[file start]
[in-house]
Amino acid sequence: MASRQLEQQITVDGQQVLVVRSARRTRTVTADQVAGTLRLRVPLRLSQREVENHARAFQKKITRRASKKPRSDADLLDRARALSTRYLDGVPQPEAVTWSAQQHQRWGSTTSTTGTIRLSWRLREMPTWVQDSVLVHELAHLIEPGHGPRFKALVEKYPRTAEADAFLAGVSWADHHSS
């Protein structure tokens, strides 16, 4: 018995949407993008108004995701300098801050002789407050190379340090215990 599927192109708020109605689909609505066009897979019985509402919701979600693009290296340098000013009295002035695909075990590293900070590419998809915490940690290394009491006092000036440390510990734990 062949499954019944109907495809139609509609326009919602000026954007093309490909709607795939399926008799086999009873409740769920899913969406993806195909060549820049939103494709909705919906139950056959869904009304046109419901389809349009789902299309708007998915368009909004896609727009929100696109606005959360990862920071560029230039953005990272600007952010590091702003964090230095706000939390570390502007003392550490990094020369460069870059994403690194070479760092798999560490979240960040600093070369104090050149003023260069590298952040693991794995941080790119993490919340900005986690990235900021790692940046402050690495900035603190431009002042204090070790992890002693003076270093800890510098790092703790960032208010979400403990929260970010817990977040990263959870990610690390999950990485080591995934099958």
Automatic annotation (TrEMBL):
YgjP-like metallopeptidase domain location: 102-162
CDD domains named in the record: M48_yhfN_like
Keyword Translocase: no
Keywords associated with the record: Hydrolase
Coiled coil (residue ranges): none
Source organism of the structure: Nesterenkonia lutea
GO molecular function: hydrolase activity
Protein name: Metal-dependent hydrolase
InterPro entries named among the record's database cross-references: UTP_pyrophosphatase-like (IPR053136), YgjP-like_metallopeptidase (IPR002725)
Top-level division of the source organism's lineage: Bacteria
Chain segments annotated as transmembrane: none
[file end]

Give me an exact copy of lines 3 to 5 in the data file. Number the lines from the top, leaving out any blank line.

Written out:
């Protein structure tokens, strides 16, 4: 018995949407993008108004995701300098801050002789407050190379340090215990 599927192109708020109605689909609505066009897979019985509402919701979600693009290296340098000013009295002035695909075990590293900070590419998809915490940690290394009491006092000036440390510990734990 062949499954019944109907495809139609509609326009919602000026954007093309490909709607795939399926008799086999009873409740769920899913969406993806195909060549820049939103494709909705919906139950056959869904009304046109419901389809349009789902299309708007998915368009909004896609727009929100696109606005959360990862920071560029230039953005990272600007952010590091702003964090230095706000939390570390502007003392550490990094020369460069870059994403690194070479760092798999560490979240960040600093070369104090050149003023260069590298952040693991794995941080790119993490919340900005986690990235900021790692940046402050690495900035603190431009002042204090070790992890002693003076270093800890510098790092703790960032208010979400403990929260970010817990977040990263959870990610690390999950990485080591995934099958």
Automatic annotation (TrEMBL):
YgjP-like metallopeptidase domain location: 102-162